Dr Andrew Howe, who has been a member of the SCI Colloid and Surface Chemistry Group Committee for over 20 years, received a Distinguished Service Award at the Group’s McBain Medal event on 11 December 2009.
What motivated you to get involved in SCI member-led activities?
AH: Three things – Exposure to excellent academic and industrial science; meeting and making friends with fellow colloid/interface/ polymer/ formulation scientists; and organising events on topics I wanted to learn about from speakers I wanted to hear.
Has working for the committee been a rewarding experience? If so, how?
AH: Absolutely. The above aims were all achieved, and I have also had exposure to, and been able to help with, some of the broader aspects of SCI.
What challenges have you met in all these years of committee work?
AH: Joining the activities (events, committees, awards) of the Colloid Groups of both SCI and RSC had its interesting moments and I learned to value the close and constructive involvement of SCI HQ with its Interest Groups.
Re-establishing the Colloid Group’s Student Fund, which enables student members of the Colloid Group to register without charge at many of our meetings, took a lot of time, but was well worthwhile.
Have you learnt something of value?
AH: If you can make time to contribute to SCI, then you are rewarded many times over. I’ve also learnt that colloid scientists are generally very nice people.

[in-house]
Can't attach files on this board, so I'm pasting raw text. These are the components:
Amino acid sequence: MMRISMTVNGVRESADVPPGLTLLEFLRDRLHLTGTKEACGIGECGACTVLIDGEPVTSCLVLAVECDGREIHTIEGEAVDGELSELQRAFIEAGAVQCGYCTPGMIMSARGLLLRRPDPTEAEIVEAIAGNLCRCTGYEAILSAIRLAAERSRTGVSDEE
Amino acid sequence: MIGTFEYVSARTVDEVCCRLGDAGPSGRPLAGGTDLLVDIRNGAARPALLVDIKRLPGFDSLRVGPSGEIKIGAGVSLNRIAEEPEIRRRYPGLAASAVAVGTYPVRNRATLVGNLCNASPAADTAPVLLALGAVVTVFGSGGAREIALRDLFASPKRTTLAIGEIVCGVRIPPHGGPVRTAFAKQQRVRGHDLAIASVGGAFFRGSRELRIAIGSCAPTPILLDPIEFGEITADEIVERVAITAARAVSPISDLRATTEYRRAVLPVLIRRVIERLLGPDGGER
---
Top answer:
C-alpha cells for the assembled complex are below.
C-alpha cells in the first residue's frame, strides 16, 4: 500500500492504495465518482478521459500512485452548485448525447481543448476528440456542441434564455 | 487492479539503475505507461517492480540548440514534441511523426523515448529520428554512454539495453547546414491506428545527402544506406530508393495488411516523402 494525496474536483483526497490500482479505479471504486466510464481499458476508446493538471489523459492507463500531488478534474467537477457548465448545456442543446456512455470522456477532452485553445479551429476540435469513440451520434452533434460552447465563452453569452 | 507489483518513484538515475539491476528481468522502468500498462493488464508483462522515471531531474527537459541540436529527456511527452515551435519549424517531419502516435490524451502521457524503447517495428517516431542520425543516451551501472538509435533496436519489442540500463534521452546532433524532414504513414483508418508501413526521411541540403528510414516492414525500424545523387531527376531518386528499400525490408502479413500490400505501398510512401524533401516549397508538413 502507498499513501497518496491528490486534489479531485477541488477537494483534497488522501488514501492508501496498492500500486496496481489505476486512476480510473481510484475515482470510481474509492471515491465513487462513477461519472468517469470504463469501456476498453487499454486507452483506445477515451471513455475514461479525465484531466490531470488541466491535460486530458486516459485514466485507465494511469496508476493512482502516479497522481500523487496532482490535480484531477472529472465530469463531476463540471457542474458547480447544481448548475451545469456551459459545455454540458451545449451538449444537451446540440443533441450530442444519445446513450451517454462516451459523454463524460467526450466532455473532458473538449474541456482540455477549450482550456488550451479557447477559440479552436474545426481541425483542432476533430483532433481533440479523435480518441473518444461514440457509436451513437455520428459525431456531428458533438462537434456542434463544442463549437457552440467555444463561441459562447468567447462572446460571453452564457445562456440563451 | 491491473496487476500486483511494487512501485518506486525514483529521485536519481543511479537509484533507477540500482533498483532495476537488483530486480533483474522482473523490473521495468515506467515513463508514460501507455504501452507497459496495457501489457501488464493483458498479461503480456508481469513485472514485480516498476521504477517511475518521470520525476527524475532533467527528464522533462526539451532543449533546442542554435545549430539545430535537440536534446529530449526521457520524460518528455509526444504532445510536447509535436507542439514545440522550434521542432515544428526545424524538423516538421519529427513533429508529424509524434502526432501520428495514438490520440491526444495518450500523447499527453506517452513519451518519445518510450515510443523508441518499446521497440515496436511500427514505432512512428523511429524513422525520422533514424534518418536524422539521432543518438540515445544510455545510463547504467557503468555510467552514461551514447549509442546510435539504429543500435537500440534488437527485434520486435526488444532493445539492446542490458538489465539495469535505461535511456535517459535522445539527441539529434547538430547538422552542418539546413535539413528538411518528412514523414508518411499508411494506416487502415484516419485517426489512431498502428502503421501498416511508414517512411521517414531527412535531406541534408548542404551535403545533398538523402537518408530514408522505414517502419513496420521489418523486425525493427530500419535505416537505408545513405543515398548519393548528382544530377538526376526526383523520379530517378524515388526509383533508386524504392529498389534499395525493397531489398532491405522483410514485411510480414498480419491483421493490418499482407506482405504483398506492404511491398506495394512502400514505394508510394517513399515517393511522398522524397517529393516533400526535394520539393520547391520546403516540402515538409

Do you think that the effort you’ve put in has paid off in any significant way?
AH: Anything I have achieved has been as part of a team – both committee members and SCI HQ staff, have been essential in making those good things happen. Since my departure from the Committee, I have been delighted at the progress the group has made, particularly the introduction of multiday events into a full programme of events.
Has it helped you progress your career?
AH: Service to SCI has given me the opportunity to take positions of responsibility, which has involved meeting many people and so has given me an excellent ‘network’ of scientific contacts. I hope that the skills, network and external recognition will help to counterbalance the many hours in Belgrave Square (enjoyable though they are!) instead of the lab.
Finally, were you excited to have been selected to receive a DSA?
AH: Deeply honoured and very grateful.